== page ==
(ORDO NEWS) — For three and a half centuries, people tried to get the valuables that sank along with the Spanish ship. Now it has finally succeeded.
On the night of January 4, 1656, while passing through the Strait of Florida, the Spanish galleon Nuestra Señora de las Maravillas ran into a reef as a result of a navigational error.
Of the 650 people on board, only 45 survived – despite the fact that there were another 21 galleons nearby, whose teams were trying to carry out rescue work.
Many have become victims of sharks – in those places near the Bahamas, there are more than enough of them now.
The Nuestra Señora de las Maravillas sailed from Havana to Spain, carrying treasures from the Americas, both royal and private, as well as contraband and cargo salvaged from another Spanish ship wrecked off the coast of Ecuador.
Almost immediately, the Spaniards tried to lift cargo from the seabed – and they partially succeeded.
Partially – because the ship split in two from hitting the reef, and only the bow remained in place, along with the cargo that was with it.
Throughout the 17th and 18th centuries, Spanish, English, French, Dutch, Bahamian and American treasure hunters dived into the shark-infested waters in the hope of getting their share of the cargo.
Of course, there is no need to talk about any careful attitude to the remains of the galleon: they simply robbed it, broke it to make it easier to search. Few believed that anything was left of him today.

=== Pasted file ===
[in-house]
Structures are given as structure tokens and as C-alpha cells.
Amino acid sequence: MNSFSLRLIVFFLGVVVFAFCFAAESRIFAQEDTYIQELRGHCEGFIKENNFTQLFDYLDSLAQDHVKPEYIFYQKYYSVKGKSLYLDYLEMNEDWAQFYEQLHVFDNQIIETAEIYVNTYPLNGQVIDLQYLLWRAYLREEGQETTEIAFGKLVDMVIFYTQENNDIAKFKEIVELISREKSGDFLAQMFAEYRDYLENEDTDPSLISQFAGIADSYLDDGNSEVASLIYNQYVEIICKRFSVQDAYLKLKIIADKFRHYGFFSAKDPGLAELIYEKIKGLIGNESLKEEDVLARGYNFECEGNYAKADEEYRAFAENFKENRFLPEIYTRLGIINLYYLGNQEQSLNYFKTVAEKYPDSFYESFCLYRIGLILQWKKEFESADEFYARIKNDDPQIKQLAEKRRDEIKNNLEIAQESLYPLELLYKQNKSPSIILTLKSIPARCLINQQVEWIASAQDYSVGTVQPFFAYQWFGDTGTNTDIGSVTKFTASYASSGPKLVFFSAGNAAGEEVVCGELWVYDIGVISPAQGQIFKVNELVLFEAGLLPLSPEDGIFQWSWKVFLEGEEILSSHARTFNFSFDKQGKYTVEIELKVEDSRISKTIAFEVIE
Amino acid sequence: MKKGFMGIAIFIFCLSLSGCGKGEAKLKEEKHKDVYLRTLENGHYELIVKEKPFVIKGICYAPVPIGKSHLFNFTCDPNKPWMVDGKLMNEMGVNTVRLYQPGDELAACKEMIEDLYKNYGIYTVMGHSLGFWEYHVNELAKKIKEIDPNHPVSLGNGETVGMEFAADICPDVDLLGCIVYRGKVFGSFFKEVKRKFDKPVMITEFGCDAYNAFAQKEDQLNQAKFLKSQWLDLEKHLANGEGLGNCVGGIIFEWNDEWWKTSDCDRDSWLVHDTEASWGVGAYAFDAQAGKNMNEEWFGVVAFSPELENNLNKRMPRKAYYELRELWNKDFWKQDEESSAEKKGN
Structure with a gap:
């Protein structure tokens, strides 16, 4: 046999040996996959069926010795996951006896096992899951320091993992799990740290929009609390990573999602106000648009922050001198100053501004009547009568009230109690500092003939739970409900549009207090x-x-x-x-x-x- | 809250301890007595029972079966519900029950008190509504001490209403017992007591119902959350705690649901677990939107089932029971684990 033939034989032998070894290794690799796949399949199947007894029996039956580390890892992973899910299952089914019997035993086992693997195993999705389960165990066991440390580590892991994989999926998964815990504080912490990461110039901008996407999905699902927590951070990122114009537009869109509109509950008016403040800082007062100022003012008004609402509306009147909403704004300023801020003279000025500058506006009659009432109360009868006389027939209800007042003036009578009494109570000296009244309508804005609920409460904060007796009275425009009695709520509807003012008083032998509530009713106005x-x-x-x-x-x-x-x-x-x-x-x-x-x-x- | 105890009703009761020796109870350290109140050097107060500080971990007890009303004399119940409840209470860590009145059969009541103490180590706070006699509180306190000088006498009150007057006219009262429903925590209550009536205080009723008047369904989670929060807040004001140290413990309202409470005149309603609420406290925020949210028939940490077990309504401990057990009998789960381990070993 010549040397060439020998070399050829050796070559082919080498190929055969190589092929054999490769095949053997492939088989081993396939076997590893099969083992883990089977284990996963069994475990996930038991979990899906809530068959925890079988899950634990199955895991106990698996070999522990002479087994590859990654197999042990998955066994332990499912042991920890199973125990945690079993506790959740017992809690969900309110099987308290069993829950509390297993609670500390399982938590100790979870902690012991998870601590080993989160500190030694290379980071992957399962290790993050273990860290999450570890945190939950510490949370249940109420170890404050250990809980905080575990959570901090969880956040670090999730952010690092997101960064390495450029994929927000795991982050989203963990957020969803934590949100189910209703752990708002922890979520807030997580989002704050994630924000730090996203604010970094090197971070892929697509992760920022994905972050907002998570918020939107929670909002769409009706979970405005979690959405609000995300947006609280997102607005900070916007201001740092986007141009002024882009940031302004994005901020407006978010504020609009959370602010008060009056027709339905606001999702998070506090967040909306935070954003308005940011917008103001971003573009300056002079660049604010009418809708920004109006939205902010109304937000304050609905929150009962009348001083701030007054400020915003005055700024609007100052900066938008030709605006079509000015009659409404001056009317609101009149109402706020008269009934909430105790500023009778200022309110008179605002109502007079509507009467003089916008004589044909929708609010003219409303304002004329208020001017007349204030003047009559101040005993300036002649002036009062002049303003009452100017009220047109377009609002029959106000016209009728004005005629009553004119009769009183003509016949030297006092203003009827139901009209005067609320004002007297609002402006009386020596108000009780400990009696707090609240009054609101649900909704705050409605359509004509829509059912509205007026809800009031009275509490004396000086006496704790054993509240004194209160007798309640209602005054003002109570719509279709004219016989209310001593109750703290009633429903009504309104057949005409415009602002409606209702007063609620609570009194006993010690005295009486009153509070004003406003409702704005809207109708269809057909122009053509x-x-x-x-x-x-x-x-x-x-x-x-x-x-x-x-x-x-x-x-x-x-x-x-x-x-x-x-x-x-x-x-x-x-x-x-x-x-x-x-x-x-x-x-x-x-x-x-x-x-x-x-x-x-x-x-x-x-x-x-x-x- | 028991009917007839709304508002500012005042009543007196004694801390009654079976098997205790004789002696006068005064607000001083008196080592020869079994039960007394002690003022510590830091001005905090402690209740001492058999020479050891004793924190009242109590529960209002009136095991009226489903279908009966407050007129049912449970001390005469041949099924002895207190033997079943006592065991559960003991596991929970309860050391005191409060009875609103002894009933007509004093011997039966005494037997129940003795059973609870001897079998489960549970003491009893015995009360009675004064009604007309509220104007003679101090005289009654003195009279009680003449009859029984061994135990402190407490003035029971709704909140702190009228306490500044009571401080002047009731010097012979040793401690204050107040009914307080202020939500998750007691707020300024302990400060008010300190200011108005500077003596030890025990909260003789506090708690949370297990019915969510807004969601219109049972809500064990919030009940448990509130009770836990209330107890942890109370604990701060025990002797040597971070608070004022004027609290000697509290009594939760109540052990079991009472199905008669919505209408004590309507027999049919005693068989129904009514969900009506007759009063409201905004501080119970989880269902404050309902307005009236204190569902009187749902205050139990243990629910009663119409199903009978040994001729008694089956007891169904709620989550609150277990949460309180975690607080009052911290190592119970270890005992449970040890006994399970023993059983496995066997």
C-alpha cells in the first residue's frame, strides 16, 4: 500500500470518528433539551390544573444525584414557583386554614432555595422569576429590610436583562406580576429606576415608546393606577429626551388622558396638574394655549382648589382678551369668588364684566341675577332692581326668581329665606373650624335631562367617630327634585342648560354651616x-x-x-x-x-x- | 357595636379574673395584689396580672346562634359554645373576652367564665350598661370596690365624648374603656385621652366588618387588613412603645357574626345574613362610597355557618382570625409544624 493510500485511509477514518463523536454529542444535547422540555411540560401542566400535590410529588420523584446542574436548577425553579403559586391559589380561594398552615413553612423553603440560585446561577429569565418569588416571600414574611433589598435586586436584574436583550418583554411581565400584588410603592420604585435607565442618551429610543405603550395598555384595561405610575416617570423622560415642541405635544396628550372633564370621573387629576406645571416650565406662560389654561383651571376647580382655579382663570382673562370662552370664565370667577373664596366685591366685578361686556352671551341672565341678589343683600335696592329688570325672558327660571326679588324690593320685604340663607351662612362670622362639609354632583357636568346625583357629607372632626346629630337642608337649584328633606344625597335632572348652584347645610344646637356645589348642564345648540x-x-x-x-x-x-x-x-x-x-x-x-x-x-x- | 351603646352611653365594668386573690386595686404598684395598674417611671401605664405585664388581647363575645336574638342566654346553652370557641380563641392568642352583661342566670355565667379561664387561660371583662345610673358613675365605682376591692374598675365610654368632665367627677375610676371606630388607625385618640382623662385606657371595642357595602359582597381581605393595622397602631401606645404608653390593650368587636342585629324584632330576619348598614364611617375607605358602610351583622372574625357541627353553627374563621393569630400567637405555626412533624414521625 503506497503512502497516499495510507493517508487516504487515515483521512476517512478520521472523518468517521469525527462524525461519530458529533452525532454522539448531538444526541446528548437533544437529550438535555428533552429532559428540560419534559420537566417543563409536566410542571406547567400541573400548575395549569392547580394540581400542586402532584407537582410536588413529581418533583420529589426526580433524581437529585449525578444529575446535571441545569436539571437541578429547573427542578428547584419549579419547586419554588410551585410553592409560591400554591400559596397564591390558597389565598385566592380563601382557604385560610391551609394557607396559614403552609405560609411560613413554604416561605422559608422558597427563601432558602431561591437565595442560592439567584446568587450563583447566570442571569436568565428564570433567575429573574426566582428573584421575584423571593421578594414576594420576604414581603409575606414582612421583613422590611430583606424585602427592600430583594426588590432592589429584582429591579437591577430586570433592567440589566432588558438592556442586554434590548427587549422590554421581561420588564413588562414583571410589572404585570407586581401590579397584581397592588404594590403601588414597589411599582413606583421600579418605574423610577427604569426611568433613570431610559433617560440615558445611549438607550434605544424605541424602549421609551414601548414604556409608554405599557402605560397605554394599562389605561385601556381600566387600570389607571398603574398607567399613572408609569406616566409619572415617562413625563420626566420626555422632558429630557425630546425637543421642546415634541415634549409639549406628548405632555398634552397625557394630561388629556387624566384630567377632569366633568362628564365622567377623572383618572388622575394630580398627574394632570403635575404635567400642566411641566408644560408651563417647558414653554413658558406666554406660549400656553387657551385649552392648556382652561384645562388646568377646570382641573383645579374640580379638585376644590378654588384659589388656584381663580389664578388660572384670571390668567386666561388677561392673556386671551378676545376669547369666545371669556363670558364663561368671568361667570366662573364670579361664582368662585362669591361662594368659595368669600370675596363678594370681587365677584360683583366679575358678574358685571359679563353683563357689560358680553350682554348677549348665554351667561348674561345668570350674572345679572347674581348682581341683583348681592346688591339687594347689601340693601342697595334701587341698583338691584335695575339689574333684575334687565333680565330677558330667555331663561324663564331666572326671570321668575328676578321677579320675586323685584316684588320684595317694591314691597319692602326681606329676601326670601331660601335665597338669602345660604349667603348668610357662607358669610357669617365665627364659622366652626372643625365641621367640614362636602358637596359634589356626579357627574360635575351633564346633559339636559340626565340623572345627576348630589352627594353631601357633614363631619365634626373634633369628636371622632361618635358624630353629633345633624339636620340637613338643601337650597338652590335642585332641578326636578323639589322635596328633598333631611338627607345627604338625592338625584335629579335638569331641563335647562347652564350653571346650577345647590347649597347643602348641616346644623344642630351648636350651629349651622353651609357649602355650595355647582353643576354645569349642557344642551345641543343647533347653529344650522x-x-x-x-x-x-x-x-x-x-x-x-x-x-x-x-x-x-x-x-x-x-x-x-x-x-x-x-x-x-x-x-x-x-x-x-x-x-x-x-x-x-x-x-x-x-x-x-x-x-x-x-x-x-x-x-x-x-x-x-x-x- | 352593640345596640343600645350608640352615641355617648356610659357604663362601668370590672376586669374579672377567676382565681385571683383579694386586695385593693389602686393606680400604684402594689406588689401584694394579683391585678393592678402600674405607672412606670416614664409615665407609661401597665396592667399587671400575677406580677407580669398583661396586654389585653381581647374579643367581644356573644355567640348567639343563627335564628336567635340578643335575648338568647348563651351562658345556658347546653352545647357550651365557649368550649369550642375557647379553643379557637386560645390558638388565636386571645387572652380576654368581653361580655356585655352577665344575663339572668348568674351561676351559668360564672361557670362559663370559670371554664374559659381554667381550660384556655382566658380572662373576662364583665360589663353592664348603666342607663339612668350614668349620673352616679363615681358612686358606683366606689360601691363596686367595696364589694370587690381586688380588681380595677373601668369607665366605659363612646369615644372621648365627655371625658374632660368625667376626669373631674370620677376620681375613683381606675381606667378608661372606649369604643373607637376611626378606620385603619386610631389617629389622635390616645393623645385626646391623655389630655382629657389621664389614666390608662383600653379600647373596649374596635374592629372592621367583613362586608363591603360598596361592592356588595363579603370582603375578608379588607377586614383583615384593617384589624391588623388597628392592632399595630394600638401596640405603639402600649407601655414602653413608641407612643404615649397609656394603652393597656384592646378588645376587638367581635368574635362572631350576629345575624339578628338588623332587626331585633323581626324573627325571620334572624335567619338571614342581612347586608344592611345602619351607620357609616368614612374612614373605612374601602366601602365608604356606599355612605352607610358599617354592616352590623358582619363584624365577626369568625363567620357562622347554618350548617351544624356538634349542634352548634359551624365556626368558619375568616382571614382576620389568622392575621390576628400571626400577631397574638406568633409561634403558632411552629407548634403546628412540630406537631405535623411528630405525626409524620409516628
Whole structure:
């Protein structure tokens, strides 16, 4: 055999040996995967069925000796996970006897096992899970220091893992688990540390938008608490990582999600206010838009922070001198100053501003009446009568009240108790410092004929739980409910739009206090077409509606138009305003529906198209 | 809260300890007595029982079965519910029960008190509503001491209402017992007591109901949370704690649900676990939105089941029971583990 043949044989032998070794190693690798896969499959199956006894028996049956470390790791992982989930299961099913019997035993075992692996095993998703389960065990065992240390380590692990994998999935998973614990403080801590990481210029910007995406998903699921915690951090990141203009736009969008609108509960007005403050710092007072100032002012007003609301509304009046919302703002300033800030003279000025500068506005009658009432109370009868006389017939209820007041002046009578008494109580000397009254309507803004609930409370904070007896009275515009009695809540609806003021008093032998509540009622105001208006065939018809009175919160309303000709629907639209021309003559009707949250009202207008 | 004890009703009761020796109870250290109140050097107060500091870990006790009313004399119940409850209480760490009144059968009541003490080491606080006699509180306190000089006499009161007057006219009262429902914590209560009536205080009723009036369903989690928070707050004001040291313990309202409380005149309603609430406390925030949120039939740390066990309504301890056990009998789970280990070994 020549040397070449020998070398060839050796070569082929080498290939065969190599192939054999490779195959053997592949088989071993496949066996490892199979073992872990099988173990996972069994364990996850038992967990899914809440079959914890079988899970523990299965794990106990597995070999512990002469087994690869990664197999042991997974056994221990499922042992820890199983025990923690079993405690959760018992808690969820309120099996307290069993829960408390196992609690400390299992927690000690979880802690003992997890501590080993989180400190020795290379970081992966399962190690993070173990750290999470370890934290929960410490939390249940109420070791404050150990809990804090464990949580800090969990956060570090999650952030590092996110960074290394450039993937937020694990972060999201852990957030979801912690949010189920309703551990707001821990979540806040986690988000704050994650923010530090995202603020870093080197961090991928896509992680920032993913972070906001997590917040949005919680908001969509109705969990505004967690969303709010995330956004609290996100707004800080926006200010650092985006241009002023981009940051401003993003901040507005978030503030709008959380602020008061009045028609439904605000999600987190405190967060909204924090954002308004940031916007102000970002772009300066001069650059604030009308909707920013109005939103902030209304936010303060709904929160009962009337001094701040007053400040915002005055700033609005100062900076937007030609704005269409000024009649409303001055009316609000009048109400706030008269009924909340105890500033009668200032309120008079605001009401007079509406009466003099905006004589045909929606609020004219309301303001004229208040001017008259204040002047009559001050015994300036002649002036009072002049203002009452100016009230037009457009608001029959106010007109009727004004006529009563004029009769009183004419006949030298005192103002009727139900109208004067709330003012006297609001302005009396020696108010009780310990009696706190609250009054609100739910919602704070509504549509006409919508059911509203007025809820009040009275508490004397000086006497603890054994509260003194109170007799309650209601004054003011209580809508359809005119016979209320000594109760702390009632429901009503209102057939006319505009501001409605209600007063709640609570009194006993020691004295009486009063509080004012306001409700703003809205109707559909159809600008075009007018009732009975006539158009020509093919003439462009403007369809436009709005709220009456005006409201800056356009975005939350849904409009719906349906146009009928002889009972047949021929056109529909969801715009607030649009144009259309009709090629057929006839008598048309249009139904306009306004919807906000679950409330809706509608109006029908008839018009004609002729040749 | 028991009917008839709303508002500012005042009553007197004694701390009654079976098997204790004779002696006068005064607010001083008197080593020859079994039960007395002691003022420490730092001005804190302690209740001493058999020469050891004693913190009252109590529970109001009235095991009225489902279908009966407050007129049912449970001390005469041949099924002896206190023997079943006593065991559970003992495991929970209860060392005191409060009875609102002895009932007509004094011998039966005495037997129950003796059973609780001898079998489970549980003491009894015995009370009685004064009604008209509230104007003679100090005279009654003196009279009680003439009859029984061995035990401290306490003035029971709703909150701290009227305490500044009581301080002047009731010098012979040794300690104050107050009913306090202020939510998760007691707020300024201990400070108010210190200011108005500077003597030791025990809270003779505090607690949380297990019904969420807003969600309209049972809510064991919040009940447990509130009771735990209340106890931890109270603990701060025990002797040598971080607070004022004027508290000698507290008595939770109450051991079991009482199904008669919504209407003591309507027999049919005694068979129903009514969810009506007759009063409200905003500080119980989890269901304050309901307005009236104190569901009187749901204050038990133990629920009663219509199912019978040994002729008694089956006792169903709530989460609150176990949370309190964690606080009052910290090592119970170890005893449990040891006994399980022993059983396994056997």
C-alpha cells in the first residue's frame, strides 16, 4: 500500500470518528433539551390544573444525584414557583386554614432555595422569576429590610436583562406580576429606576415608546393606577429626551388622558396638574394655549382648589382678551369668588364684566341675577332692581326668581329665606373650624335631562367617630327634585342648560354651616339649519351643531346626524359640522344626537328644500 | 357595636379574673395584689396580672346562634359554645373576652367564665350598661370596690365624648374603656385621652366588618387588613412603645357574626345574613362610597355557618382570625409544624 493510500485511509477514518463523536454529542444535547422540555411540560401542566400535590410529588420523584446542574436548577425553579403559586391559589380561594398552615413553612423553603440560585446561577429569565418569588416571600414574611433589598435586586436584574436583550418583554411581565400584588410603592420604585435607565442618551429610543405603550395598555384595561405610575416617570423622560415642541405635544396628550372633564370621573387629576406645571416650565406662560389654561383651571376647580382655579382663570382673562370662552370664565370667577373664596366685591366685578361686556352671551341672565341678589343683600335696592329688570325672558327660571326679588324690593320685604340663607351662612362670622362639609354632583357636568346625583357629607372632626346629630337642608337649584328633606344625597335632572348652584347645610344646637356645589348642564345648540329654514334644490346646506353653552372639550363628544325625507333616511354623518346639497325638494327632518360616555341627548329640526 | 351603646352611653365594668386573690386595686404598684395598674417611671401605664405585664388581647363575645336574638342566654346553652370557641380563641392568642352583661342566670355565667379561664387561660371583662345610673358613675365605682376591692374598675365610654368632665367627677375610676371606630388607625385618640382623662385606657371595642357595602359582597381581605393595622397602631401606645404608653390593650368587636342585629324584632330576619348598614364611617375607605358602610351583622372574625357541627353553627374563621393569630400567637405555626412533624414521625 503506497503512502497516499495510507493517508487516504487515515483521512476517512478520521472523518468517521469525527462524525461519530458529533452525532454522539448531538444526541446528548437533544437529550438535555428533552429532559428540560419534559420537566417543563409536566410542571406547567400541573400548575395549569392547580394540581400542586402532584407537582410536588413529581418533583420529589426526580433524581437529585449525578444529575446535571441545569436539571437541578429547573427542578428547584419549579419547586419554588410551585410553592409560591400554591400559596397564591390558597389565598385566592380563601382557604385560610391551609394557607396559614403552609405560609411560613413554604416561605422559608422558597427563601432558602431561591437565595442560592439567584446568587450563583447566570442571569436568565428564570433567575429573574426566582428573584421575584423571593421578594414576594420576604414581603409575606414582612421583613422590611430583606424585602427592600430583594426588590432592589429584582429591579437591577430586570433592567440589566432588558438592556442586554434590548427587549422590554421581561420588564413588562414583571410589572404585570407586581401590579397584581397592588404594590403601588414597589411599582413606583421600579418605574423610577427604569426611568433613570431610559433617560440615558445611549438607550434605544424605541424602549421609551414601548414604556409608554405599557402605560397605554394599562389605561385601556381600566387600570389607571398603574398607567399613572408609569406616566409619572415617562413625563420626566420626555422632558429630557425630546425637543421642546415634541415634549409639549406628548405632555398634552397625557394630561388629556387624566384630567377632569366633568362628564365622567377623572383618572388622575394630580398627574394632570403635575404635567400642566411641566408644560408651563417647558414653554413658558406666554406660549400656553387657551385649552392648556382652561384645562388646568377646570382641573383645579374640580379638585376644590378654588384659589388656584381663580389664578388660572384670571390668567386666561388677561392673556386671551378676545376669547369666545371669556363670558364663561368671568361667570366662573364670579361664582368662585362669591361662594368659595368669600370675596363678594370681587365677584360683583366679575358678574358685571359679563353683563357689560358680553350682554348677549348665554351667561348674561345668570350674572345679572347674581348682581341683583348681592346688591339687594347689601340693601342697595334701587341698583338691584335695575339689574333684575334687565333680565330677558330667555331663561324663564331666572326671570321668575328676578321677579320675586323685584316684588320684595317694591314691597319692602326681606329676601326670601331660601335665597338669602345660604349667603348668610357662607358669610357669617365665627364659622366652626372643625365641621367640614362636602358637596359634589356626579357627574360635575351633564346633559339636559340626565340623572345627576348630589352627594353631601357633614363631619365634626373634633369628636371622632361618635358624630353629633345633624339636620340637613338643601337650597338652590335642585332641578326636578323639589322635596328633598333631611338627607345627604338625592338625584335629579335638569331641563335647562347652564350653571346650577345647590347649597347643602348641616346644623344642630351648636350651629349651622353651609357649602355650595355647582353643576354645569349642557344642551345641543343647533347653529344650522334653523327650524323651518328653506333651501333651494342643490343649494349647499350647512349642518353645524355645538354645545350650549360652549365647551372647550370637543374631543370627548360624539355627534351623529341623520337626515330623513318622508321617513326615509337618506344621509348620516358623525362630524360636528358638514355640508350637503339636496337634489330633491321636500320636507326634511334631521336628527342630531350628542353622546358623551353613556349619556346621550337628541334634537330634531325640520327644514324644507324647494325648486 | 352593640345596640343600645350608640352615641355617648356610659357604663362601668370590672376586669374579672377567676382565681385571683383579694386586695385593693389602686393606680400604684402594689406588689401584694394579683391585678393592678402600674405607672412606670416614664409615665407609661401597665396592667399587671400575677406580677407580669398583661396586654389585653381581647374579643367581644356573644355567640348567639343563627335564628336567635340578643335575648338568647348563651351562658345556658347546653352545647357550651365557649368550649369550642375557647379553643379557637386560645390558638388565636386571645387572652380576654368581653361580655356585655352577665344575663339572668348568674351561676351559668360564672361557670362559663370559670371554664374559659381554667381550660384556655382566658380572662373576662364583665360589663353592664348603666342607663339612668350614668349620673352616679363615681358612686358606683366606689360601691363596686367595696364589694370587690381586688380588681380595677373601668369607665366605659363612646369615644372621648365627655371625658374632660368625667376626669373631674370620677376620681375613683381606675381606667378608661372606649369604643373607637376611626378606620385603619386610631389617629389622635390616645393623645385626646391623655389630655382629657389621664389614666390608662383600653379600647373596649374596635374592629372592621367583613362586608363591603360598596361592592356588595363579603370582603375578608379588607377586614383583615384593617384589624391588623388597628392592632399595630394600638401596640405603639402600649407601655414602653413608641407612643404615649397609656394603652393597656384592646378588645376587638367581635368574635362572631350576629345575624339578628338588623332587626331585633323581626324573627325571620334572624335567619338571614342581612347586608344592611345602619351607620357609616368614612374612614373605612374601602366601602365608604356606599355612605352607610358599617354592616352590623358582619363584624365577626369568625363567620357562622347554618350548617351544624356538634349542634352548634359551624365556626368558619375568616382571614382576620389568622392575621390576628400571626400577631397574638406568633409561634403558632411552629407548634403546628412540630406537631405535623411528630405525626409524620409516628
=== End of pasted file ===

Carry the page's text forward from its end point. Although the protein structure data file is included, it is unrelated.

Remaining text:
Underwater archaeologists from the private company Allen Exploration planned to look for traces of a possible drift of the stern of the galleon, which, it was believed, could be slightly carried away from the crash site.
The ship sank on the western side of the Little Bahama Bank, more than 70 kilometers from the coast.
After examining the eastern side of the bank, archaeologists discovered an extensive trail of debris from the stern, stretching for more than 13 kilometers. They also found treasures.
These are primarily finely crafted jewelry made of gold and jewels: for example, an intricate gold filigree chain with rose patterns.
The gold pendant with the cross of St. James and an Indian bezoar stone, which at that time was valued in Europe for its healing properties (mythical), is made in the shape of a shell.
This is a symbol by which pilgrims were recognized on their way to Santiago de Compostela, to the tomb of St. James.
This find is most likely associated with the Order of Santiago , a military-religious knightly order that protected pilgrims and actively participated in the Spanish maritime trade.
Another pendant depicts a gold cross of Saint James above a large green oval emerald, framed by a dozen square emeralds, possibly representing the 12 apostles.
In addition, archaeologists have recovered a large number of uncut emeralds and amethysts from the seabed. They were mined in Colombia, but they forgot to enter in the declaration, which indicates smuggling.
Allen Exploration was founded by Carl Allen, who built a successful plastics business and then retired to become a philanthropist and underwater explorer in the Bahamas.
He was convinced that not the entire galleon of the Nuestra Señora de las Maravillas had been destroyed, and he wanted to study the wreck archaeologically, unlike his predecessors, who did not publish any scientific papers and simply sold the finds.
Moreover, they were only interested in jewelry, while now underwater archaeologists collect all the details related to the ship.
Using the latest technology, they found stone ballast, iron fasteners that once held the ship’s hull together, iron rings and rigging pins.
In addition, they found quite a lot of utensils – from jugs of olives to Chinese and Mexican plates – and personal items, including a silver-plated sword hilt.
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